When Sardaar Calhoun competed in the JA45 showcase in July, the Tappahannock native went in with a definitive plan.
The event takes place at Eastern Florida State College and allows 45 of the top junior college basketball prospects in the nation to showcase their abilities in front of NCAA coaches.
“I just went out there and competed, just played hard,” Calhoun said. “I wasn’t worried about my numbers or how much I wanted to score. I just wanted to show that I play hard.”
Calhoun’s approach paid off. He’s since received scholarship offers from East Carolina, Georgia, Illinois, Louisiana State, Minnesota, Mississippi, N.C. State, Texas A&M, Texas Tech and West Virginia.
He’s been training five days a week in Caroline County this summer with his cousin David Ware, a former Caroline High standout who also has major college aspirations.
Calhoun will return to Missouri State-West Plains for a final season later this month. Ware departs for Moberly, a junior college in Missouri on Friday.
The relatives will become Missouri Community College Athletic Conference rivals, but before then they’re sharpening each other’s skills, while Ware takes heed to Calhoun’s methods for catching the eye of major college coaches.
“We push each other to keep going harder,” Ware said. “It’s a more fluent workout because we have the same goals in mind. By him being my older cousin and already having a year at a JUCO I get a feel for how it’ll be when I get there.”
Calhoun, a 6-foot-6, 205-pound swingman, starred three seasons at Essex High before he transferred to Blue Ridge School, reclassified and completed his final two years of eligibility.
At Missouri State-West Plains last season, he averaged 17.6 points and 5.0 rebounds per game. He shot 48 percent from the field and 43 percent from 3-point territory.
He and Ware are each working this summer to hone their ball-handling skills. Ware (6-foot-4) is aiming to become a point guard at the next level. After he was named Free Lance-Star player of the year as a senior at Caroline in 2018, he went on to attend Fork Union Military Academy for a postgraduate year.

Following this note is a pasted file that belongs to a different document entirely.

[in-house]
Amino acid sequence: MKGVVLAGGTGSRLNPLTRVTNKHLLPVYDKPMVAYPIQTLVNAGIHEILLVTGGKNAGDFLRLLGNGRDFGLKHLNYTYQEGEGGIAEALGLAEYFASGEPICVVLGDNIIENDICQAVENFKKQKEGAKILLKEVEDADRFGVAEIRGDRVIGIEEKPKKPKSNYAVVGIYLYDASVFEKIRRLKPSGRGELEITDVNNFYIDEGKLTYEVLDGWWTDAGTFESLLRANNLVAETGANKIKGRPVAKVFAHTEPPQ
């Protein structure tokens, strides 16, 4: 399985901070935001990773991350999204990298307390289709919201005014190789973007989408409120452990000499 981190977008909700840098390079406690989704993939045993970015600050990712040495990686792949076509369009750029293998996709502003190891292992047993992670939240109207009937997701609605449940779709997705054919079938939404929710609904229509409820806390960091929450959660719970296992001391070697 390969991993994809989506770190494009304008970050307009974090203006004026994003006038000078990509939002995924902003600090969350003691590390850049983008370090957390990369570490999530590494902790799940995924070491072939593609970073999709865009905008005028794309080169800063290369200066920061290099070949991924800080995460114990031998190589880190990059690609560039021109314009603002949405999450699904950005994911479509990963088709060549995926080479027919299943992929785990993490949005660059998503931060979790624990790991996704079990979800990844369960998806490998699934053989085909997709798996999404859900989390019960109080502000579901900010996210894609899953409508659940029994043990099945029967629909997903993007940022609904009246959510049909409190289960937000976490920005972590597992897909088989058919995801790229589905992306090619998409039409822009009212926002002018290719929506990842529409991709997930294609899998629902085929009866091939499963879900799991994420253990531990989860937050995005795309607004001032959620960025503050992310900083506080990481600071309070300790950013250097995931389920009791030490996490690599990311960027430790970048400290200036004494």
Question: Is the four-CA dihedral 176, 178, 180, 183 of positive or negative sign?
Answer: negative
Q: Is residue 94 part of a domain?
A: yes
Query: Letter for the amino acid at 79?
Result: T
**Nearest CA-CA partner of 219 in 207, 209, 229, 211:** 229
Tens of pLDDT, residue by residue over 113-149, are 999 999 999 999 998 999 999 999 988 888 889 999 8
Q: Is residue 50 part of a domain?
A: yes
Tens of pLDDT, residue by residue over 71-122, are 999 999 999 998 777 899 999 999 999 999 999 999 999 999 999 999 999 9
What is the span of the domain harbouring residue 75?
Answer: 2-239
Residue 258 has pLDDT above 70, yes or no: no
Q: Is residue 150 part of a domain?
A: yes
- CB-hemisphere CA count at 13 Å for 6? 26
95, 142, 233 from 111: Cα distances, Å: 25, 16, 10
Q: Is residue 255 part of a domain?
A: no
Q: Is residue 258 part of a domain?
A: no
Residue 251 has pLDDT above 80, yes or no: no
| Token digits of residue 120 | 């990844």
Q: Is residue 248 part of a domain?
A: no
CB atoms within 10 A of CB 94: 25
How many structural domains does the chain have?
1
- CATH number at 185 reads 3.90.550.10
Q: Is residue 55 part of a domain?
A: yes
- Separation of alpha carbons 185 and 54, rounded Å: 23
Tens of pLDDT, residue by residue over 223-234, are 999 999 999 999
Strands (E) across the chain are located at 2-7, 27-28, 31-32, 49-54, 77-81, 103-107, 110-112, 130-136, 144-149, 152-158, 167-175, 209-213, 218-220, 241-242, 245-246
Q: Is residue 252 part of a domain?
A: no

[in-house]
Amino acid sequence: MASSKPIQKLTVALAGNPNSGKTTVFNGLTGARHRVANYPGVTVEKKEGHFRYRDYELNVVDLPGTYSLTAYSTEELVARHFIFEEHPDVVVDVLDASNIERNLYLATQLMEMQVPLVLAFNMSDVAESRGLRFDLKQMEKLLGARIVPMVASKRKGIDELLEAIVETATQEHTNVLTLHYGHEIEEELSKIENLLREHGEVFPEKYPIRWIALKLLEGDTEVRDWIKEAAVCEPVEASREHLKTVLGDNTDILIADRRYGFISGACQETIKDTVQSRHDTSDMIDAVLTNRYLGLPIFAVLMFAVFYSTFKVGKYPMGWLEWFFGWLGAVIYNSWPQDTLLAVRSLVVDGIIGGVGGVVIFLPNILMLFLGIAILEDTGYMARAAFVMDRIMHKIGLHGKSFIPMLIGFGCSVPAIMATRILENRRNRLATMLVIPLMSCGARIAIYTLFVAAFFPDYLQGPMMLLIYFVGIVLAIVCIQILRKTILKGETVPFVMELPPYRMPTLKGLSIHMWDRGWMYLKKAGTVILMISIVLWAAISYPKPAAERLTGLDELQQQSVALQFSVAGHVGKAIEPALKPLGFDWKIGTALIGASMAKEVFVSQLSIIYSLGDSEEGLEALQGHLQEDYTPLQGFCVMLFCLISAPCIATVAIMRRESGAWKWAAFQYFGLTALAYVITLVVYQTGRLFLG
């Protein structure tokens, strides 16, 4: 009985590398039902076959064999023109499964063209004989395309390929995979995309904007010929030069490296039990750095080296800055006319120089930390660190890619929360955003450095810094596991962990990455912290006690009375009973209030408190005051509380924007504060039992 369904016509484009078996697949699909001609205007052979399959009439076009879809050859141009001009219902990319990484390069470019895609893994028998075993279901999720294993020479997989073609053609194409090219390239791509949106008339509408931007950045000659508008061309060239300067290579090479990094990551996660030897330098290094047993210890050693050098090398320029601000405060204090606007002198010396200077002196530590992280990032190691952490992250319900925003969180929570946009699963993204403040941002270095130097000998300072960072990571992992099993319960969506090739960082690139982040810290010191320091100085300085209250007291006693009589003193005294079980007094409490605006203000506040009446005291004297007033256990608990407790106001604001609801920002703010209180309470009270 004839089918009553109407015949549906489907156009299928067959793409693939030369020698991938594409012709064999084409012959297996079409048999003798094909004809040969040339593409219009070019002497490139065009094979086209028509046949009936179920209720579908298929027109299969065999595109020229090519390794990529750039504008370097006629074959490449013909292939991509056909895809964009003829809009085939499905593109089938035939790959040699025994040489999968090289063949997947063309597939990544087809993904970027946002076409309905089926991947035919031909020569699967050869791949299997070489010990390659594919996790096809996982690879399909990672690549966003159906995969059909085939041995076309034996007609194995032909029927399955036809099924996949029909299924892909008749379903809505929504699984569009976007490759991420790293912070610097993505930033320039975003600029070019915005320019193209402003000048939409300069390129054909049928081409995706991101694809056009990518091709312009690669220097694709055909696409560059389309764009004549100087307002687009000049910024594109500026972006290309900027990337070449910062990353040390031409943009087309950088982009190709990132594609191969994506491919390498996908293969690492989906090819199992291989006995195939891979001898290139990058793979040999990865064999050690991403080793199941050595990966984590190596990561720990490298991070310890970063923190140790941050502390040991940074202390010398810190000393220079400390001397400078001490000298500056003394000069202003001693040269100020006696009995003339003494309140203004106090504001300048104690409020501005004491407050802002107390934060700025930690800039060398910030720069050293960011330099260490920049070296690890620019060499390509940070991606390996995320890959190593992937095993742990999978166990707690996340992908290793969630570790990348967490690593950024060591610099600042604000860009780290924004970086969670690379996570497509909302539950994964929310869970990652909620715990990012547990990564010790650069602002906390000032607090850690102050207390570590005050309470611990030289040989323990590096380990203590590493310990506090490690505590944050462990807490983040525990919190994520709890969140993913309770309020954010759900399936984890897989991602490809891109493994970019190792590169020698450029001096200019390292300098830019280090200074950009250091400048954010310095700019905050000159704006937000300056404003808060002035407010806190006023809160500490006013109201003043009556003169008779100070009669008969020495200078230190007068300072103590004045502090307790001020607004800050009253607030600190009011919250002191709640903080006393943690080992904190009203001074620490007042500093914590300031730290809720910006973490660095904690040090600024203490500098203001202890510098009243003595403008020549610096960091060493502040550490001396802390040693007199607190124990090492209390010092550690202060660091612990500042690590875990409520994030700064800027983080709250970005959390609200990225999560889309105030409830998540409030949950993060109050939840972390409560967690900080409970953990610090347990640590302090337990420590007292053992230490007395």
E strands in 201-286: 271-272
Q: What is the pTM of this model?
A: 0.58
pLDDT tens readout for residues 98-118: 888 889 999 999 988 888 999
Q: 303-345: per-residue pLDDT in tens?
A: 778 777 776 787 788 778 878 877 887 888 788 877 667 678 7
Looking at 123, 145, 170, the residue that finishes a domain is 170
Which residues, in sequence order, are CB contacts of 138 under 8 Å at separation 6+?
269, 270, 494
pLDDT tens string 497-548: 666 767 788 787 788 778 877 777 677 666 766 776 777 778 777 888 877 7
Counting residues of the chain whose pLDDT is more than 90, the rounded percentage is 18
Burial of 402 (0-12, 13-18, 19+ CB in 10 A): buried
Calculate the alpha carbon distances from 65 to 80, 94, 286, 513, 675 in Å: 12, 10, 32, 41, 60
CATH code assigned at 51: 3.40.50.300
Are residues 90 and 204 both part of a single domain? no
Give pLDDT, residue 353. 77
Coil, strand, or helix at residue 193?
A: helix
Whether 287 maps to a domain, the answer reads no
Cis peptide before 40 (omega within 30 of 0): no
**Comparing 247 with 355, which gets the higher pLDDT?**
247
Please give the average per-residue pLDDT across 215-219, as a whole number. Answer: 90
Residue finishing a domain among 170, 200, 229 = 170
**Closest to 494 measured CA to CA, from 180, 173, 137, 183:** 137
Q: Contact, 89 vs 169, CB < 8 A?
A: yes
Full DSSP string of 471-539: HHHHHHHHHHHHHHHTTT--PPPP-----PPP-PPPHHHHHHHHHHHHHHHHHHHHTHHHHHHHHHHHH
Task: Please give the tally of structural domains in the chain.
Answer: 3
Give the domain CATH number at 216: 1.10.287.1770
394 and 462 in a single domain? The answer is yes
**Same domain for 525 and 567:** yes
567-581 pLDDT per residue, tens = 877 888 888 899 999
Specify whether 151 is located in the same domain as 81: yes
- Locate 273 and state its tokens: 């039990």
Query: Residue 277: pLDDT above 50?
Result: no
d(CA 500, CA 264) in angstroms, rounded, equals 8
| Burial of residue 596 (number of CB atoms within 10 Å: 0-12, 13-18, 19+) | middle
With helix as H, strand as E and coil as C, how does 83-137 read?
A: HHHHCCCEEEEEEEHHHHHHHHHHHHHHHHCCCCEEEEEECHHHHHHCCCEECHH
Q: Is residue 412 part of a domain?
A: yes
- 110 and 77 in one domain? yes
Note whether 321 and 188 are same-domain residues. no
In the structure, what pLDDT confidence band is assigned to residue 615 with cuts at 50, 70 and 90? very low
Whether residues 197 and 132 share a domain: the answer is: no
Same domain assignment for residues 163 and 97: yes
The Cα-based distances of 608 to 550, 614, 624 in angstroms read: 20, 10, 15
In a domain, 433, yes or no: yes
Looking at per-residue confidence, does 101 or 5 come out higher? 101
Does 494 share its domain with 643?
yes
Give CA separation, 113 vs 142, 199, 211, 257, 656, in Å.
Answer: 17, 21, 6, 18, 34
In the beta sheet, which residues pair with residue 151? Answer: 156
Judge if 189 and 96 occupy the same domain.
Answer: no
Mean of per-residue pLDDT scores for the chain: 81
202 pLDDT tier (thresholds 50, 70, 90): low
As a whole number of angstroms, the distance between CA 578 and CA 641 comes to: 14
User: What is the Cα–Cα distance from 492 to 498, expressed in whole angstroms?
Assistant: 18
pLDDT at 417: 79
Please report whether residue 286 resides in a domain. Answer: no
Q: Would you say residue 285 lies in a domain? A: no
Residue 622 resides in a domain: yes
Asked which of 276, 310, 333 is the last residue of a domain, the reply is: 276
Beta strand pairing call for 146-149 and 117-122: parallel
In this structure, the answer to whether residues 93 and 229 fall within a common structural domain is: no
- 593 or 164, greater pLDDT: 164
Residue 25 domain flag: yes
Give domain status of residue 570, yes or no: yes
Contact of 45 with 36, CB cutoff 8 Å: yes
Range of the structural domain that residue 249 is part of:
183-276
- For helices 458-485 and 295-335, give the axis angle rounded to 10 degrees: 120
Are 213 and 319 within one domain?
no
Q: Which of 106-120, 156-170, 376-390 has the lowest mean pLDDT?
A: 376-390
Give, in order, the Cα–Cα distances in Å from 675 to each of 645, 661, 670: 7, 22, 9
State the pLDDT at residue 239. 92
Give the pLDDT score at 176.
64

“Dave and I have just been getting it in with a lot of reps, working on a lot of guard work,” Calhoun said. “I’ve been sharpening my skills. I think I’m a pretty good player but there’s always room for improvement. I can tighten up my handle and get more explosive, little things like that.”
Calhoun and Ware have worked with various trainers this summer. On Monday night at Caroline High, Ware’s father, Caroline JV coach and personal skills trainer David Ware Jr., conducted the drills.
They also receive video instruction from Caroline native Joshua Dudley who serves as an NBA skills developer with I’m Possible Training.
Ware was recovering from a groin injury earlier in the summer, so he spent a lot of time working on stationary ball handling. He’s also been focused on physical development and a more consistent jump shot.
“That’s another reason why I took the junior college route,” Ware said. “So I can become more of a fluent point guard on the next level … I feel like I’ve come a long way [with my ball handling] and what my coach wants me to be coming into the year.”
Calhoun said he doesn’t have any frontrunners for his services. He said he plans to orally commit sometime in October. He said he likely won’t take all five official visits that are allowed by the NCAA because that would delay the process and also take time away from his Missouri State-West Plains team.
He’s eager to show improved leadership next season and to battle with his family member and training partner. He said Ware has an “unpredictable” game, good footwork and “great upside.” He said Ware’s size will make him tough to defend at the guard position.
Calhoun said he’s thankful he and Ware connected this summer and he’s been able to share his experiences as a JUCO player.
“It’s very beneficial,” Calhoun said of junior college. “It all depends how you approach it and Dave is a very humble young man. He’s not one of those kids who think he doesn’t have to work for it. He’s already got that mindset. I expect a lot from him. He’s family and we’ve always held each other accountable. That means a lot.”